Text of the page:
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Oakland Businesses Outraged Over Stripped Vehicles Abandoned on Their Street

OAKLAND (KPIX) -- Business owners in an Oakland neighborhood are fed up with the number of stripped cars being abandoned in their area, blocking access and sometimes being left right in the middle of the street.

Businesses complained to city officials that an illegal homeless encampment was being used as a chop shop. Thieves were reportedly abandoning the stripped-out cars in the middle of Alameda Avenue near High Street, blocking traffic.

On Friday morning, KPIX 5 found drivers maneuvering around abandoned cars on Alameda Avenue to get to roughly two dozen businesses in the area, including a Home Depot and a 24 Hour Fitness.

"Just a mess. It's a mess," said Oakland driver Denise Barnes.

The westbound direction was passable since abandoned cars only blocked half of a lane, but the eastbound lane was completely blocked by a handful of cars, most of them without wheels.

"These are cars that are literally sitting in the middle of the street. They're blocking the ability for cars to pass," said Jennifer Yu.

Yu and her husband Kevin Kim own High Street Car Wash next to Alameda Avenue.
They said the cars have been left in the middle of the street for at least
four days, making it difficult for customers to get in and out.

"It's a safety hazard. It's negligence. There's no accountability from the city and we need somebody to be accountable," said Yu.

After their repeated calls, Oakland police and a tow truck company came out Friday and towed nine cars that were blocking traffic.

But a police officer said about six other cars at the corner of Alameda Avenue and East Eight Street would stay at least for now since those cars were not blocking traffic and the department didn't have enough resources.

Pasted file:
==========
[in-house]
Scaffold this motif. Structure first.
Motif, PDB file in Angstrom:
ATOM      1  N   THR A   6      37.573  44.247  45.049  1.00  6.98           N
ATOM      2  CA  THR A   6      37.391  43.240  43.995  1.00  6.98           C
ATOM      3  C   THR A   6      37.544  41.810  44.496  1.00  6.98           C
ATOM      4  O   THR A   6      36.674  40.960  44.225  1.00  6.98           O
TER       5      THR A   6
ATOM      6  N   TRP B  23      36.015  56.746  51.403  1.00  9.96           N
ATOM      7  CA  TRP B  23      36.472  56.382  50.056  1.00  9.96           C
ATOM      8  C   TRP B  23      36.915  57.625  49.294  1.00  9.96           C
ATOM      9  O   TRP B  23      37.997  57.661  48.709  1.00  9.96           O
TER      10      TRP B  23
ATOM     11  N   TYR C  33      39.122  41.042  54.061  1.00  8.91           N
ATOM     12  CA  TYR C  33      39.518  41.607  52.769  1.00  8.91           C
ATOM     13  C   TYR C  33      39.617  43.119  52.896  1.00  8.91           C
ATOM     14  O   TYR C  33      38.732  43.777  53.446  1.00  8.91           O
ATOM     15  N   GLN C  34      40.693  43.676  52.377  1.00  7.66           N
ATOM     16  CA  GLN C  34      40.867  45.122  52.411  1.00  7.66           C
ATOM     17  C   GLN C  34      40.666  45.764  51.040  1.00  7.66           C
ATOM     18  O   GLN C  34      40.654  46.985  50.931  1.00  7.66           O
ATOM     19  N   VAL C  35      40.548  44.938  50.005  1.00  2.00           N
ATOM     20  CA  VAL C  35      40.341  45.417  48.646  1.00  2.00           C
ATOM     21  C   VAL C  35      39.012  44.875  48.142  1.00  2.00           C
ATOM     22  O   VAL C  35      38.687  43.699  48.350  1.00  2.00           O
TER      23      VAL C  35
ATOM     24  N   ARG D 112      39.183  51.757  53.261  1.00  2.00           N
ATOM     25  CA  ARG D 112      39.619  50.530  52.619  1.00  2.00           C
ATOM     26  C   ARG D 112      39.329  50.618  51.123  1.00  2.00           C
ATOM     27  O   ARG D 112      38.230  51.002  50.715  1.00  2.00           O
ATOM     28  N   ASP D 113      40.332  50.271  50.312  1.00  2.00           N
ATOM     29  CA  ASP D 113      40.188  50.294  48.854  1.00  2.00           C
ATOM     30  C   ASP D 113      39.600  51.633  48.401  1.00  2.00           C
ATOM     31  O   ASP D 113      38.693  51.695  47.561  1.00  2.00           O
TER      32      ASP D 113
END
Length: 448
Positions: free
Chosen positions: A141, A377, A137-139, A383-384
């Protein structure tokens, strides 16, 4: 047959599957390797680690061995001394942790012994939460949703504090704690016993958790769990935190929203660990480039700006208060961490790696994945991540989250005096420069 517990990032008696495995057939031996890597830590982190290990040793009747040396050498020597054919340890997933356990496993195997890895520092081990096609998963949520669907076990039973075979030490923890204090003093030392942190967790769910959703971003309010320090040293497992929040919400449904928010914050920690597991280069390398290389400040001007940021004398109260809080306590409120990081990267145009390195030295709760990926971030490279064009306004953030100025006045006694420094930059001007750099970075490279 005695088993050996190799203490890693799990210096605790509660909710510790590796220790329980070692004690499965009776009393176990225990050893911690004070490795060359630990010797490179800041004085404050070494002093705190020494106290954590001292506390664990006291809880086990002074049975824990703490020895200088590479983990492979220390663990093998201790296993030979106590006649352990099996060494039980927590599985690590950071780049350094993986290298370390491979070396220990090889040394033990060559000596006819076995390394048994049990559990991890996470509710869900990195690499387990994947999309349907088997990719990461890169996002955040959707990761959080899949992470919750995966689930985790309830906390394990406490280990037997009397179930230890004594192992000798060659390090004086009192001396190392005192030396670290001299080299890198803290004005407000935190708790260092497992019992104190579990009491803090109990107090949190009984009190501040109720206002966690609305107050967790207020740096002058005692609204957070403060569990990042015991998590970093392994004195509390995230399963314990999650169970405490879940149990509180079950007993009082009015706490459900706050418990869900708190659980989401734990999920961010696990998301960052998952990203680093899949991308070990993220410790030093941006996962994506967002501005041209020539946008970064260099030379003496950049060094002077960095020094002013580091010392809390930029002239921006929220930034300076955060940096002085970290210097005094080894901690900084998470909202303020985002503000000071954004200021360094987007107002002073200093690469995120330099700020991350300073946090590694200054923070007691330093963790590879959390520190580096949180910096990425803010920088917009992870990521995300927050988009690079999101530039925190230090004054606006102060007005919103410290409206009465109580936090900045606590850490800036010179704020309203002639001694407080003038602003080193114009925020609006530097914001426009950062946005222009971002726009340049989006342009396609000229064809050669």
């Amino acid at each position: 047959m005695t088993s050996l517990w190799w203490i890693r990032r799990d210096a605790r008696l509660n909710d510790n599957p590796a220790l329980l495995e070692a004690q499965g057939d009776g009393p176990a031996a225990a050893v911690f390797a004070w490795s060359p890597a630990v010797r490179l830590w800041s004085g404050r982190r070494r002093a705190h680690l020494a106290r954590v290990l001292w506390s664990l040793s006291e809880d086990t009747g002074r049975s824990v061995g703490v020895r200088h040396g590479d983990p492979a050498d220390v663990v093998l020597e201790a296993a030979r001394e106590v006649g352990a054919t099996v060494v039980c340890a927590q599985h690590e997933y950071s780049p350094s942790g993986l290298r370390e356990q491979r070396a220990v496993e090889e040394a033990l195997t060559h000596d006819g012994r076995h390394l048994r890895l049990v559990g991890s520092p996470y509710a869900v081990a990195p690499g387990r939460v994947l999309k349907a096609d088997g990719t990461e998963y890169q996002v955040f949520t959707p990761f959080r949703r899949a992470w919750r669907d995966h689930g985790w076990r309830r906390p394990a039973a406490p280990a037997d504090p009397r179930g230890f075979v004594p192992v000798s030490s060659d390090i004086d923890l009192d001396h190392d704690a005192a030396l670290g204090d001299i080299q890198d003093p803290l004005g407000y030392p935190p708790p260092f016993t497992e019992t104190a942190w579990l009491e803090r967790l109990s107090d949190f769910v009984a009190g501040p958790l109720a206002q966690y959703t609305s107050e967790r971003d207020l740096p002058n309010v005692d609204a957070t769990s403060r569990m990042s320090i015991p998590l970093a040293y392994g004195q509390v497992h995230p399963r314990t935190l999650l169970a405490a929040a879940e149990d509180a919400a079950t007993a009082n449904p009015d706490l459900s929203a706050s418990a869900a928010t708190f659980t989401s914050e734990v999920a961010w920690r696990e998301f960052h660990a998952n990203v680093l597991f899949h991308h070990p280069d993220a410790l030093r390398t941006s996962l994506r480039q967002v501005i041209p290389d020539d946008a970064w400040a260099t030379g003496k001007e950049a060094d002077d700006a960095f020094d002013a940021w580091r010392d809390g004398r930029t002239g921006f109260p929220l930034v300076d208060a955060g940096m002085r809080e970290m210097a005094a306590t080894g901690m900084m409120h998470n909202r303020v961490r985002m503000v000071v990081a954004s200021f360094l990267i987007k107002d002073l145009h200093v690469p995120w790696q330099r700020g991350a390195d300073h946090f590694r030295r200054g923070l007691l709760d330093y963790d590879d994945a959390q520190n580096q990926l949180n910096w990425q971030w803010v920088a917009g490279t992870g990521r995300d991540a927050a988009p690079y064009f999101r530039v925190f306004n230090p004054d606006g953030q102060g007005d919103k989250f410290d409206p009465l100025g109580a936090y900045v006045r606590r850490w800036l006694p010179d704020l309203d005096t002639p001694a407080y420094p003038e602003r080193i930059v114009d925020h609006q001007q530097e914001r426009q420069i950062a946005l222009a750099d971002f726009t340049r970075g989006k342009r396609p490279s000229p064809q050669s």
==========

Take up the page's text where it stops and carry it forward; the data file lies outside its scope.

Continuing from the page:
"It's extremely infuriating," said Kim.

An officer told KPIX 5 car thieves have been using the illegal homeless encampment at the corner of Alameda Avenue and East Eighth Street as a chop shop. Once they were done stripping the cars, they would drag them out to Alameda Avenue to make room for more stolen cars in the encampment.

Businesses said the city wasn't doing enough to stop the crime and quality of life issues connected to the encampment and homeless people living up and down Alameda Avenue.

"They found an individual or two people with almost two dozen guns inside their vehicle. And so, for us, we're scared, you know? We're scared to come out here and go to work," said Kim.

Councilman Noel Gallo represents that area. He said some help is on the way.

"We'll be installing cameras at hot spots, not only to catch the illegal dumping, but also dealing with abandoned cars," said Councilman Gallo.


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